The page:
Desperate for a way to eliminate distracted driving across its fleet, Loram turned to an AI startup with computer vision and deep learning technology in specialist road and rail maintenance.

Safety is a big issue in the world of truck driving. According to his 2022 study by truck fleet software vendor GPS Insight, the average fleet driver has an average of 4.5 accidents per year.

And with approximately 500 fleet trucks across North America, Loram’s truck drivers drive a total of 14,000 miles daily, or approximately 9.4 million miles annually. It leads to many accidents.

Nauto’s AI technology

After considering about a dozen systems that could assist Loram’s drivers, Graham Rose, Vehicle Fleet Manager at Loram, decided to try Nauto. Based in Palo Alto and founded in 2015, the vendor has received investments from General Motors His Ventures and BMW i Ventures.

“At the time, they were the only ones with facial recognition and distracted driving,” says Rose. “While all other cameras were able to detect violations, their primary function did not include distracted driving.”

For customers like Loram, Nauto installs tiny camera devices that use computer vision to see what’s happening on the road and what drivers are doing. According to CEO Stefan Heck, the cameras don’t record every moment of driving activity, but only the 30 seconds before and after a crash or driving violation.

The device also measures the probability of a collision if the driver is distracted or in a rear-end collision and provides audible guidance to the driver when the collision probability exceeds 30%. An alarm will sound when the Nauto device recognizes an incoming collision.

The Nauto system also produces a visual enhanced risk assessment score that informs drivers of their driving situation.

pilot program

Loram started working with Nauto in 2018. Since then, according to Rose, the Hummel, Minnesota-based road and rail maintenance company has reduced at-fault accidents by 79% and changed the driving behavior of its drivers.

“Our tailgating and cell phone use has decreased significantly,” he said. “Employees are now hands-free and are not picking up their phones or being distracted while driving.” Drivers are also using seatbelts more, he added.

While some of Loram’s veteran drivers aren’t yet convinced to put camera devices with facial recognition in their trucks, most enjoy Nauto’s protection. Company.

Initially, the driver was told that despite there being cameras, the manager did not monitor all movements. However, administrators can retroactively pull footage of what happened at a particular moment in case of an accident or violation.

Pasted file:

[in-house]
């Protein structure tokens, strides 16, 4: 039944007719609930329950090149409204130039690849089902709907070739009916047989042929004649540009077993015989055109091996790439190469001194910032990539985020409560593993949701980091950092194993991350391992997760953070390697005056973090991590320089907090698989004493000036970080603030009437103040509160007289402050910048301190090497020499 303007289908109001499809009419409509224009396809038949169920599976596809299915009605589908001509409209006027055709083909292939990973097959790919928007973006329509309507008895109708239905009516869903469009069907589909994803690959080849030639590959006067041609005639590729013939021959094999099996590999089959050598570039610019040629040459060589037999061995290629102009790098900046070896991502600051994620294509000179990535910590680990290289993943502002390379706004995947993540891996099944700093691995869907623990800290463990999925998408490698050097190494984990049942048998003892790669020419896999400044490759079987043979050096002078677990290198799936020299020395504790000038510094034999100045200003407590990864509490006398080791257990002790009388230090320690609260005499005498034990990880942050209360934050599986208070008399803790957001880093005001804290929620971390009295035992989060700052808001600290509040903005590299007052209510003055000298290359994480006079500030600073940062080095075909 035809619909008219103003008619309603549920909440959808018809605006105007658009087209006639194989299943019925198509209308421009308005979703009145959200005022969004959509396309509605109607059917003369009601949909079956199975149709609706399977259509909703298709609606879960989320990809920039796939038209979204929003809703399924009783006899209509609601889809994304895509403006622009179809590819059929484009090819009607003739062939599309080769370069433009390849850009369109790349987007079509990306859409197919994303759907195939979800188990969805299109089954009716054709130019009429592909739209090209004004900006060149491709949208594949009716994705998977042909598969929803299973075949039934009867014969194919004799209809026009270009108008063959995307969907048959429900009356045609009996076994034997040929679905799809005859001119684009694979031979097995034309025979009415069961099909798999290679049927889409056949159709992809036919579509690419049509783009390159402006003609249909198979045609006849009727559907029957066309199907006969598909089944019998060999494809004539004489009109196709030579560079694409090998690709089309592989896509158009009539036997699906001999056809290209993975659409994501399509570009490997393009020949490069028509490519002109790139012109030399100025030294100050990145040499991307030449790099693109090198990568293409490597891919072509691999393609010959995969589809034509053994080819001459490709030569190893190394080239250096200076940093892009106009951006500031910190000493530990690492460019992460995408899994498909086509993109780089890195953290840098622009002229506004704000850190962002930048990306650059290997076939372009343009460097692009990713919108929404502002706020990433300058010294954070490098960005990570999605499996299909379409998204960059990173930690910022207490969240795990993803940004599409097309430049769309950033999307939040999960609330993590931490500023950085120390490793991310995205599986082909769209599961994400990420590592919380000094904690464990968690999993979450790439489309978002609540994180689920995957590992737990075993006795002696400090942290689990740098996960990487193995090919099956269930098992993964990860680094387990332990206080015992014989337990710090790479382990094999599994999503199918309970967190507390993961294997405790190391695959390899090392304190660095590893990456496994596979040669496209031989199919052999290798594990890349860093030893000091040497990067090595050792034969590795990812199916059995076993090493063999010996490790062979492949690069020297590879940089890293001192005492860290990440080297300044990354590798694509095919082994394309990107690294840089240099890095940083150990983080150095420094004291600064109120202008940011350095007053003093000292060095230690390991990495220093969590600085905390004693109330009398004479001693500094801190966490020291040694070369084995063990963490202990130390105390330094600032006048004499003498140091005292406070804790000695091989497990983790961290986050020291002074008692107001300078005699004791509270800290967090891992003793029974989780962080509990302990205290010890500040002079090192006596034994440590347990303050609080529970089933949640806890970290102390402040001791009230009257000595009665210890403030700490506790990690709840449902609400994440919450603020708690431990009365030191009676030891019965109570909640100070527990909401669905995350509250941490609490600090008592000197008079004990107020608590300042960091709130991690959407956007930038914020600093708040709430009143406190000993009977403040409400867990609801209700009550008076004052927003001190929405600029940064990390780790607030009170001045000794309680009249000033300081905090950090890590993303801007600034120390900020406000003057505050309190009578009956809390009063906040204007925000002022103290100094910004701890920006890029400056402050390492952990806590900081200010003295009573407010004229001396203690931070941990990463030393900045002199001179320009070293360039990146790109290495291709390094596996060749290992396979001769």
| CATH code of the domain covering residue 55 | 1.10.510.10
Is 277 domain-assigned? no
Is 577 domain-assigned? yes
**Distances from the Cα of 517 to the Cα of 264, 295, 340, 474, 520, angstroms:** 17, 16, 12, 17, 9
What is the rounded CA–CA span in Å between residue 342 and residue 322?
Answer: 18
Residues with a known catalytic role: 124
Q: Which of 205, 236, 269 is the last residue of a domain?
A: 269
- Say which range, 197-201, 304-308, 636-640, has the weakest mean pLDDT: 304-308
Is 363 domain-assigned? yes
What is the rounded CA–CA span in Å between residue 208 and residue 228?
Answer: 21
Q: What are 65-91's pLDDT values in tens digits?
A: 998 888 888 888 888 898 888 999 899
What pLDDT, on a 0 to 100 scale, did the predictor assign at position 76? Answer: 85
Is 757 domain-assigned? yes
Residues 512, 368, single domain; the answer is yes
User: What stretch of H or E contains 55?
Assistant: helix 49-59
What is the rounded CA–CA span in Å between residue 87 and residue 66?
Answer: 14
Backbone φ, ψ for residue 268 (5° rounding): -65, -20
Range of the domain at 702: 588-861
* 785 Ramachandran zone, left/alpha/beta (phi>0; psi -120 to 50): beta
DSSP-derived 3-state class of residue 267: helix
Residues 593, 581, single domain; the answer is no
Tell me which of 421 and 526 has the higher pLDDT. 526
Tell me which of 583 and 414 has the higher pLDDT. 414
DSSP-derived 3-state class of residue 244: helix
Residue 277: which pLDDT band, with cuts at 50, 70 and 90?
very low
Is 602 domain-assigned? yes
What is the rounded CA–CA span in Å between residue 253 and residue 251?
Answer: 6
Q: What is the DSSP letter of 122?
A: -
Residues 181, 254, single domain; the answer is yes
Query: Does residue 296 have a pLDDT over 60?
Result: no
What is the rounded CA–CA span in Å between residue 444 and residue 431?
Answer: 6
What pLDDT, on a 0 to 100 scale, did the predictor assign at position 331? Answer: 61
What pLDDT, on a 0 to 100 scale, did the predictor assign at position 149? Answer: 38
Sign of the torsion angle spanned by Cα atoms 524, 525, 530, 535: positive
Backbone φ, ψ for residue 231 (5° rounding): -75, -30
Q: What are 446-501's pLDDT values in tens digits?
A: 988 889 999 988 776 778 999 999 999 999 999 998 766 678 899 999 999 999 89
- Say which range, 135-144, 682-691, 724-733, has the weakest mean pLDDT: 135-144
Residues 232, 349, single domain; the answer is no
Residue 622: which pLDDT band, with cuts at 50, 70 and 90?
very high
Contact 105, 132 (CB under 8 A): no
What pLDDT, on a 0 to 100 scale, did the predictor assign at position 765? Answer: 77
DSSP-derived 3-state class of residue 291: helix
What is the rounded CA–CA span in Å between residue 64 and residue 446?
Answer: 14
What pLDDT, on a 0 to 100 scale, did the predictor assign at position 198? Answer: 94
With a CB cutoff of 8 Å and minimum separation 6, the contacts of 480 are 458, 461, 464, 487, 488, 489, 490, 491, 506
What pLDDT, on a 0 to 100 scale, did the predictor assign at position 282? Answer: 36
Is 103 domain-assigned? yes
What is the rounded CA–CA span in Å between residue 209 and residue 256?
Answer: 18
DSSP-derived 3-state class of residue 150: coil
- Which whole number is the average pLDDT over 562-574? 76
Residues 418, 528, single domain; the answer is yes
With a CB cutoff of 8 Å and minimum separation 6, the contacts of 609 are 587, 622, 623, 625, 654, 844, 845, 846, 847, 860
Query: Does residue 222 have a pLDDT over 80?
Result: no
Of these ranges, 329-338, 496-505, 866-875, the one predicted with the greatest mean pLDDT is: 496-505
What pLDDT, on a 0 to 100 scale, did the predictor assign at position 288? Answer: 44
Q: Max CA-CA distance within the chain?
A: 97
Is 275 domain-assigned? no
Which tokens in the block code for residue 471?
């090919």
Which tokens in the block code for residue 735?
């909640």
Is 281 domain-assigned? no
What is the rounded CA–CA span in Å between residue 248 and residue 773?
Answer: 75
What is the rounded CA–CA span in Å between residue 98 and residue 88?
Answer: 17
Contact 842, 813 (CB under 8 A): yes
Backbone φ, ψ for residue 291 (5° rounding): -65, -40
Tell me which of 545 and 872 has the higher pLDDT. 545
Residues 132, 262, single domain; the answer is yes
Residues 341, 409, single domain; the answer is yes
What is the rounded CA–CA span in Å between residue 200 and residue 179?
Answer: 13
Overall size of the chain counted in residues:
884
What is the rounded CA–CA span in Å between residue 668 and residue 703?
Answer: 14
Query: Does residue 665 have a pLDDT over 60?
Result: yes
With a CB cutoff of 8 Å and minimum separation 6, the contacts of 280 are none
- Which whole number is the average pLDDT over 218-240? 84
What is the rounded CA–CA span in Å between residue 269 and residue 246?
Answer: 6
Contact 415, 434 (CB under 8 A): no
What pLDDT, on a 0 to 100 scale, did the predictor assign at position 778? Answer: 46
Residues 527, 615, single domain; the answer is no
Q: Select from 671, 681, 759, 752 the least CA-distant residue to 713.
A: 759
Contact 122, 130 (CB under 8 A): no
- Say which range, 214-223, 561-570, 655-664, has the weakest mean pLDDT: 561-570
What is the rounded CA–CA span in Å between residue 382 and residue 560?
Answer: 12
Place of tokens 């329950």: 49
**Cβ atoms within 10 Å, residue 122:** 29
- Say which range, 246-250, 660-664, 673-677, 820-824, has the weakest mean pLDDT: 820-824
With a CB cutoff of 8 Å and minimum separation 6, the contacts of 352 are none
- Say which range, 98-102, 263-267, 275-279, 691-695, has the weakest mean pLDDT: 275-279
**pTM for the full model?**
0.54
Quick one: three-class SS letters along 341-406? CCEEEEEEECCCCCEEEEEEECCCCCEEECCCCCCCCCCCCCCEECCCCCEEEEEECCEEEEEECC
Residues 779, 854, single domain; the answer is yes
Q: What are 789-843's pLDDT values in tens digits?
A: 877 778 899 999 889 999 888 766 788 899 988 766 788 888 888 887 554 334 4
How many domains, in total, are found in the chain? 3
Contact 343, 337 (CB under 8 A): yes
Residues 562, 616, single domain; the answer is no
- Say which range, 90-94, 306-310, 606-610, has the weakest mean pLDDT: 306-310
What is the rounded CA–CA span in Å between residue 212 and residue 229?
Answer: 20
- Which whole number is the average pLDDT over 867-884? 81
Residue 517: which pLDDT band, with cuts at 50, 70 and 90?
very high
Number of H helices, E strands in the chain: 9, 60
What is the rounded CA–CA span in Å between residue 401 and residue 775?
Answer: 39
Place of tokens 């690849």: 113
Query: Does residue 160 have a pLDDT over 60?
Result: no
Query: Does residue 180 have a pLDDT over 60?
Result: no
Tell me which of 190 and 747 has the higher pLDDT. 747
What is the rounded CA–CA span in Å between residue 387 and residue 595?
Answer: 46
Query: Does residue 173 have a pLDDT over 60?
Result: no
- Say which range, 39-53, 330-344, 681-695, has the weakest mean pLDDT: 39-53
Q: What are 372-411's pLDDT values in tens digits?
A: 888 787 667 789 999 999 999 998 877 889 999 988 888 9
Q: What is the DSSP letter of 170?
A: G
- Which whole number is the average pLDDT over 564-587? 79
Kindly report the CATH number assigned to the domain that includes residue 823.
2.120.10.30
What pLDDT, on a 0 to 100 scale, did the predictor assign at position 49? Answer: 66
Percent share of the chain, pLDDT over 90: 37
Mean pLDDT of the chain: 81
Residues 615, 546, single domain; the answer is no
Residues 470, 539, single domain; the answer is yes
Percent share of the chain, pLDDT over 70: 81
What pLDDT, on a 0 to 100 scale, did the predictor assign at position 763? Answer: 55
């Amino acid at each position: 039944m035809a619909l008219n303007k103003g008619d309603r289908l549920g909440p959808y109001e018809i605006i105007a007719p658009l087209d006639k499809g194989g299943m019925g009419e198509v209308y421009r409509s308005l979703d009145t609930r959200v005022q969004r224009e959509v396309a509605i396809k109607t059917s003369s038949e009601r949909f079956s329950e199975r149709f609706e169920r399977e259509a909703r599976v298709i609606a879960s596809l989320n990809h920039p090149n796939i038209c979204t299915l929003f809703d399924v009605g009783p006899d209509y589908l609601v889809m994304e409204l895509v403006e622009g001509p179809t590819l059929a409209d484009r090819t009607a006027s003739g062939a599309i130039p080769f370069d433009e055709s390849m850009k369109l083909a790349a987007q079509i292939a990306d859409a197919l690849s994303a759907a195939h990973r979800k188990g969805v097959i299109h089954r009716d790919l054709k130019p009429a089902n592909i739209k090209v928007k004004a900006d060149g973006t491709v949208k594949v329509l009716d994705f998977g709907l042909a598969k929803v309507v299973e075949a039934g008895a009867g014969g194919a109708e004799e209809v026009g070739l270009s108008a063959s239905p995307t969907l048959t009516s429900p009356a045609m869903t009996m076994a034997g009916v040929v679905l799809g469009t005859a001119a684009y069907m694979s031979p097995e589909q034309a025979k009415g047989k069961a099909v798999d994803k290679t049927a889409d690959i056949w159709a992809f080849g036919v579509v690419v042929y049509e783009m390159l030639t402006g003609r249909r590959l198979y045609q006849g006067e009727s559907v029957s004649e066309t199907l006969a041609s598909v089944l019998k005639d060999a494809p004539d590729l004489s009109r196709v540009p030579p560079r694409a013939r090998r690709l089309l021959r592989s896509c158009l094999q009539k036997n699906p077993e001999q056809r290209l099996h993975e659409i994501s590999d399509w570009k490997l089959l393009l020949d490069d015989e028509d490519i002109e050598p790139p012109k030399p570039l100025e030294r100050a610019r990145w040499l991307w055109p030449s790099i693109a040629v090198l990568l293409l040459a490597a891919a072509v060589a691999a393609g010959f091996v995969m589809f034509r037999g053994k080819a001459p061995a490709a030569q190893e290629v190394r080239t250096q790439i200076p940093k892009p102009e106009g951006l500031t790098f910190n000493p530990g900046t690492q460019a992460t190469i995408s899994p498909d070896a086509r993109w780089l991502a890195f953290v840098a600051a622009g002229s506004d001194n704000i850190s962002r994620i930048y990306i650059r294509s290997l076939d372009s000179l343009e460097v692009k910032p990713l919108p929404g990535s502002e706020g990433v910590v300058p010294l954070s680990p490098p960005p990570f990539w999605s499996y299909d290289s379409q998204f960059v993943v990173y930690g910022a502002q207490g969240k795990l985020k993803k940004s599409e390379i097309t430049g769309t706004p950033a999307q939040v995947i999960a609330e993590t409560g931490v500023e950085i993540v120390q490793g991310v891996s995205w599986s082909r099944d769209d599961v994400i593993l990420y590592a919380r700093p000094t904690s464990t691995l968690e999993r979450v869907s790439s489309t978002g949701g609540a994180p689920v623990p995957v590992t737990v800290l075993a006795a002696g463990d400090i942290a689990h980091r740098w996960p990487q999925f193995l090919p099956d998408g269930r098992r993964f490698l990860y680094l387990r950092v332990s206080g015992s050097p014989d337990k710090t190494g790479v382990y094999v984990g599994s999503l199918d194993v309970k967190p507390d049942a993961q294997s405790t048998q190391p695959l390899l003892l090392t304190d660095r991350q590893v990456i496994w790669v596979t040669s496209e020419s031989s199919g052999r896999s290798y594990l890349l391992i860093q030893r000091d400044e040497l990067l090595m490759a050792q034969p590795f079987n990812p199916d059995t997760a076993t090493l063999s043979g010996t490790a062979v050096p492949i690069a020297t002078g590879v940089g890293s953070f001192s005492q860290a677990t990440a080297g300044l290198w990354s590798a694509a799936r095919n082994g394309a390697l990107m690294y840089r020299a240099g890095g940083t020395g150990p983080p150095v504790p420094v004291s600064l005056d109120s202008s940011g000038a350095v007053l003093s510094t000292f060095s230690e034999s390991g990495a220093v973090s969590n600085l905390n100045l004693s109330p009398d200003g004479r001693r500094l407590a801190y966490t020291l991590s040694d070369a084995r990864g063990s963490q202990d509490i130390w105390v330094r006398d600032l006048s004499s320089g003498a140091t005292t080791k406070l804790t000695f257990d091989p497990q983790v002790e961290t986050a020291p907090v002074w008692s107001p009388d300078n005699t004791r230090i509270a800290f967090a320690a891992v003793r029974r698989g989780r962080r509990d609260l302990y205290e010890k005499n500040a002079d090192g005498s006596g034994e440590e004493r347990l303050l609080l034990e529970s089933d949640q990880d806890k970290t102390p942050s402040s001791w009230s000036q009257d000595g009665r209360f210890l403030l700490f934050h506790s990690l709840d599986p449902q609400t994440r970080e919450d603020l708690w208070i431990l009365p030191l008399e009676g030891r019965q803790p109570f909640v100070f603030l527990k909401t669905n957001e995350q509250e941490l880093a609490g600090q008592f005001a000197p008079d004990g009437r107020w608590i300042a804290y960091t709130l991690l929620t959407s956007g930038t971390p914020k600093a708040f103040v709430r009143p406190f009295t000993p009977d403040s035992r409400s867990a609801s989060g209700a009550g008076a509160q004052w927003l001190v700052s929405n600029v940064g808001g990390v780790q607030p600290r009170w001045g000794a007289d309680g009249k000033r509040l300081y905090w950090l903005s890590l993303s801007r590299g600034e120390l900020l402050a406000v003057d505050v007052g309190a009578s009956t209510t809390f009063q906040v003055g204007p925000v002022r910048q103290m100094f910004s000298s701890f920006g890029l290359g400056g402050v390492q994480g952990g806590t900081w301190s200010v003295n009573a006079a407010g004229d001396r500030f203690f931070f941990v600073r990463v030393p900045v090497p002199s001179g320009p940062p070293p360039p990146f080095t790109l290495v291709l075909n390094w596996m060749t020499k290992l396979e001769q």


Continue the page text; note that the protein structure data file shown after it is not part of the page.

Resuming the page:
“We use it as a tool. When we detect a violation or detect a moment of coaching, we go out there and look at the footage,” says Rose. Camera footage can also protect drivers from inaccurate fault claims.

The vendor’s AI technology has made drivers more aware of the dangers of distracted driving and how far their trucks have traveled during innocuous moments like drinking coffee.

“The artificial intelligence aspect has been easily embraced because analyzing the video, analyzing the timeframe, analyzing the speed will always help us improve the video,” says Rose. “I always point out things I might not see without that data.”

Analyzing the video, analyzing the time frame, analyzing the speed will always help improve the video, so the artificial intelligence side easily falls behind.

Graham RoseRollam, Fleet Manager

Facial recognition also allows Loram to track which driver drives which vehicle if the truck is damaged.

One of the problems Nauto and Loram are currently solving is getting devices to know if a high-rail truck driver, who travels on both roads and tracks, is at work. The system thinks the driver is distracted because he is working on the rails and not driving the vehicle. According to Rhodes, companies want to make exceptions for their devices in cases like this.

Nauto works not only with commercial fleets, but also with car and truck manufacturers. The device costs $400. AI vendors also charge companies using their capabilities and services between $300 and $500 per vehicle per year. Its competitors include LeddarTech, Nexar and UISEE Technology.


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